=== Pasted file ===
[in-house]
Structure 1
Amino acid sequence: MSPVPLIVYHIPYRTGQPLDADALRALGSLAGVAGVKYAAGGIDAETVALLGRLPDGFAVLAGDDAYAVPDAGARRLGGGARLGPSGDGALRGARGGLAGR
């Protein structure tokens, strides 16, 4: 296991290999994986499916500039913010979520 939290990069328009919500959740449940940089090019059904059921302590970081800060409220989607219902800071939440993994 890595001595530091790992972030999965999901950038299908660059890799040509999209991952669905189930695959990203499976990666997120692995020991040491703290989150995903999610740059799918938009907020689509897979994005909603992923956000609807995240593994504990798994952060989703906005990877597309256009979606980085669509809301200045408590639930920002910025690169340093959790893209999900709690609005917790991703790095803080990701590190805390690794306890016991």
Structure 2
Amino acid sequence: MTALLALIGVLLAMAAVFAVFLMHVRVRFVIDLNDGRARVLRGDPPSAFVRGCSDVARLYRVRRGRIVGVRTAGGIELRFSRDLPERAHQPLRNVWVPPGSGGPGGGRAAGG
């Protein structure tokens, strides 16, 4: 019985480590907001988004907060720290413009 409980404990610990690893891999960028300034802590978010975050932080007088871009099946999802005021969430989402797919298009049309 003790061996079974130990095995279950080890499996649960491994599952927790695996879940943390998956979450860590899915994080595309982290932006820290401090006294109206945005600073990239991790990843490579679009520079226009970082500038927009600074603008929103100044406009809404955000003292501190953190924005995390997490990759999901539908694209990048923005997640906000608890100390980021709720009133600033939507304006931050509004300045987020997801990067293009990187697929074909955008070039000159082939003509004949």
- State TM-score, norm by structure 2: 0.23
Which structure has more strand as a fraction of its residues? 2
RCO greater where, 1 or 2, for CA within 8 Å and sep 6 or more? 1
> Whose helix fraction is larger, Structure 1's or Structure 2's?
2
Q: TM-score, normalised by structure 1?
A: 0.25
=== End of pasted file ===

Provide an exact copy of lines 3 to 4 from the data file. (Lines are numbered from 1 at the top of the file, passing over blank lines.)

Amino acid sequence: MSPVPLIVYHIPYRTGQPLDADALRALGSLAGVAGVKYAAGGIDAETVALLGRLPDGFAVLAGDDAYAVPDAGARRLGGGARLGPSGDGALRGARGGLAGR
């Protein structure tokens, strides 16, 4: 296991290999994986499916500039913010979520 939290990069328009919500959740449940940089090019059904059921302590970081800060409220989607219902800071939440993994 890595001595530091790992972030999965999901950038299908660059890799040509999209991952669905189930695959990203499976990666997120692995020991040491703290989150995903999610740059799918938009907020689509897979994005909603992923956000609807995240593994504990798994952060989703906005990877597309256009979606980085669509809301200045408590639930920002910025690169340093959790893209999900709690609005917790991703790095803080990701590190805390690794306890016991």